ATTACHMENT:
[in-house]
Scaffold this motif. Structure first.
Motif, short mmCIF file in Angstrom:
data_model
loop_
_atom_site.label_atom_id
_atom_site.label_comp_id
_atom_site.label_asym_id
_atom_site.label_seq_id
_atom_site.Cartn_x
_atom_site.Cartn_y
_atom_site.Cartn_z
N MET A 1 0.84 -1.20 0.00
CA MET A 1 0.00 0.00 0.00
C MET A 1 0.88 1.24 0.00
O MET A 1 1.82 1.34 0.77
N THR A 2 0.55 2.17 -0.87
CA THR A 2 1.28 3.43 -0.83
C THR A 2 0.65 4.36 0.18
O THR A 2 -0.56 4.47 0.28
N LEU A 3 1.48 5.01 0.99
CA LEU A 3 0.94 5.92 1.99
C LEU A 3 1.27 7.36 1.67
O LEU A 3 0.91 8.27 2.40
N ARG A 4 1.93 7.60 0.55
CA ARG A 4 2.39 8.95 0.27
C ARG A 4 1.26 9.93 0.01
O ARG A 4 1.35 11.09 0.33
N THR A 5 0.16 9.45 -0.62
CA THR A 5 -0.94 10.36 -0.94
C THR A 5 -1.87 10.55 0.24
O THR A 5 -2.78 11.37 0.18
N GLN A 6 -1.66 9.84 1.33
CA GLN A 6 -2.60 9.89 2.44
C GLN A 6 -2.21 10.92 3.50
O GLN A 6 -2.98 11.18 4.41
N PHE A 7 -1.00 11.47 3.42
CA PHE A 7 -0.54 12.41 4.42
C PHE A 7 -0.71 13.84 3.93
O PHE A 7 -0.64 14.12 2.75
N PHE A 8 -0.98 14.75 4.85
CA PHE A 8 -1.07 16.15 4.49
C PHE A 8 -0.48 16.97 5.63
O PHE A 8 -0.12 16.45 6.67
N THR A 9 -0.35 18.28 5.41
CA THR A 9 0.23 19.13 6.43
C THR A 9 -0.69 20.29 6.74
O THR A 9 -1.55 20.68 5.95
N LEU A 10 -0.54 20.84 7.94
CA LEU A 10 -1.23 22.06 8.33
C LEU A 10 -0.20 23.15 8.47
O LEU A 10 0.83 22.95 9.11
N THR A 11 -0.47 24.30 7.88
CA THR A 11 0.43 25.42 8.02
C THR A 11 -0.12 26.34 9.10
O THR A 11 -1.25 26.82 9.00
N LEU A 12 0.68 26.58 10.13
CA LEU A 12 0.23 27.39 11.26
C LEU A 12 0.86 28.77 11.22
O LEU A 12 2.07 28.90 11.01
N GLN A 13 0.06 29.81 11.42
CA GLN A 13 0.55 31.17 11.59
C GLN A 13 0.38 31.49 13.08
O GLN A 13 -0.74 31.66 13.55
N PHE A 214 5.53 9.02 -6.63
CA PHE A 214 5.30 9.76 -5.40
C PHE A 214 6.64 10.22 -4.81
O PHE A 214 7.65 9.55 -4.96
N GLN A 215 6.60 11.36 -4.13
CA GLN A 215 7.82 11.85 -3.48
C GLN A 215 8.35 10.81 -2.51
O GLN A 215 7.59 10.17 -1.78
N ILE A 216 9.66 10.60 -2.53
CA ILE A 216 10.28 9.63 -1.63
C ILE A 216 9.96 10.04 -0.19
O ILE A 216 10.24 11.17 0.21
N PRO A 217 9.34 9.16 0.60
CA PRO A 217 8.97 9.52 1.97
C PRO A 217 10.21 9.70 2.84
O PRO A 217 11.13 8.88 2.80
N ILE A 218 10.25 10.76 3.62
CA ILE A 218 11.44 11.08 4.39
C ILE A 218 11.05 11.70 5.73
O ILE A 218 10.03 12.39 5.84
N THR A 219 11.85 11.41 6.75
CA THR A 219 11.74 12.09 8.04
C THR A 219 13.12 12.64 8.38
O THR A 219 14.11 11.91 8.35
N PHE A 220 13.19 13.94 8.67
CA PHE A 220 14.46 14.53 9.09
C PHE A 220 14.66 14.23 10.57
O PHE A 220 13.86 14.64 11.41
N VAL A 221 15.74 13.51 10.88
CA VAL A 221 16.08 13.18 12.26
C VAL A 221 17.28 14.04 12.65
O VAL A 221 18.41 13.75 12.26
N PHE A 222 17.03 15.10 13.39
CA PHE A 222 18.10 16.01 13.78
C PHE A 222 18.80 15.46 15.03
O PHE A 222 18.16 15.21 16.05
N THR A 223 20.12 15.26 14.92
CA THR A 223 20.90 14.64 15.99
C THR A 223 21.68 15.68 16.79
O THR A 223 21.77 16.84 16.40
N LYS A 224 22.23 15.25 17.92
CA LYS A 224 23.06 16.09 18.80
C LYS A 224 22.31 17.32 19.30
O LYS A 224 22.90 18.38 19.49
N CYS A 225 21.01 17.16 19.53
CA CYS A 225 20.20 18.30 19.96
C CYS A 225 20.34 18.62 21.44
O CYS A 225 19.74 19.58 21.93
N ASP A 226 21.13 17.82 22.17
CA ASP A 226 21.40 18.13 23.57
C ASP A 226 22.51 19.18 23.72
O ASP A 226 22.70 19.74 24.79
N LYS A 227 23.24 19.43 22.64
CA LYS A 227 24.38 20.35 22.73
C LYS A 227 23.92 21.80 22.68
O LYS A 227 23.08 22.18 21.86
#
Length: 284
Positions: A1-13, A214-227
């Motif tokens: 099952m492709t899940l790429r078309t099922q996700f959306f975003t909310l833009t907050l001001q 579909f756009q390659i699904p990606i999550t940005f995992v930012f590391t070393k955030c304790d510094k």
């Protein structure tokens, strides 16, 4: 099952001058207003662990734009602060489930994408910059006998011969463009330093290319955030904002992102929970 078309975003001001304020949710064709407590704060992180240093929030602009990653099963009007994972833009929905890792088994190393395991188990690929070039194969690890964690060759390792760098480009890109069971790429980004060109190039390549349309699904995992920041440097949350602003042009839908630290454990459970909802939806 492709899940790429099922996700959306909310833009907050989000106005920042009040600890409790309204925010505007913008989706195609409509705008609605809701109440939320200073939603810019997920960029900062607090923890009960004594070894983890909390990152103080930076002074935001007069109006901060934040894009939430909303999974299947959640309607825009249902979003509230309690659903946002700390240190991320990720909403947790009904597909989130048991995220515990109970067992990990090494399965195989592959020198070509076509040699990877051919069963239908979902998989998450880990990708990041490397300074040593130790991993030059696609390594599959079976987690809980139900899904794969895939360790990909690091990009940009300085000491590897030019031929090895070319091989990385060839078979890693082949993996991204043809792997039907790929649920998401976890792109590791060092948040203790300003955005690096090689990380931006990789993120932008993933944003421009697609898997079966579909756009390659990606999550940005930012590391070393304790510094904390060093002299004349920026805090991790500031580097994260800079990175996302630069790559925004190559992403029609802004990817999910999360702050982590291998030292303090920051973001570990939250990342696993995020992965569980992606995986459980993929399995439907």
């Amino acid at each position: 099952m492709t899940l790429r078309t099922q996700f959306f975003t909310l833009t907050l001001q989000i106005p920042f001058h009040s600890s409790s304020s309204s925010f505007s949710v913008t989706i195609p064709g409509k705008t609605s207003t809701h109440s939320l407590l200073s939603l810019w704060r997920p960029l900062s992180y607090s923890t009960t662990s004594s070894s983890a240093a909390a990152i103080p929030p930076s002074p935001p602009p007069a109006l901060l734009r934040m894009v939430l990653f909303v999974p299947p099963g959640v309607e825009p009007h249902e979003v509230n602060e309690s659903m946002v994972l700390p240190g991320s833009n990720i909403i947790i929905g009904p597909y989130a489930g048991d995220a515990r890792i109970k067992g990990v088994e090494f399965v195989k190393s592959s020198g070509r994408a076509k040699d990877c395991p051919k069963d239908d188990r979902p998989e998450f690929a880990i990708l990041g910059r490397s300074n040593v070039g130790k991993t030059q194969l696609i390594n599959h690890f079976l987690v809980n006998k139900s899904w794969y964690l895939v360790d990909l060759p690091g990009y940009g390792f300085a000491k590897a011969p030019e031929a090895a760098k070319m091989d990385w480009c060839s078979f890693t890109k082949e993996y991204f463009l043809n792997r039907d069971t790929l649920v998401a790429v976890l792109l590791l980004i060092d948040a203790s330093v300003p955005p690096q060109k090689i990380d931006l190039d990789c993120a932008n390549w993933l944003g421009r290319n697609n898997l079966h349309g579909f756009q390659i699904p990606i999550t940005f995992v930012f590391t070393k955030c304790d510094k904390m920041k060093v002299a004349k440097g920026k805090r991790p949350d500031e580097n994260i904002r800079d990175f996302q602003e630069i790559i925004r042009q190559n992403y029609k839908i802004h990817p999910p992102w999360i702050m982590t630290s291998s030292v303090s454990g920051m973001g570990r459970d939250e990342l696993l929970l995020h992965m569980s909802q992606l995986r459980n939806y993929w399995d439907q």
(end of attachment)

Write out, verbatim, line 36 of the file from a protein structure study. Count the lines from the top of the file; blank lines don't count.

O GLN A 6 -2.98 11.18 4.41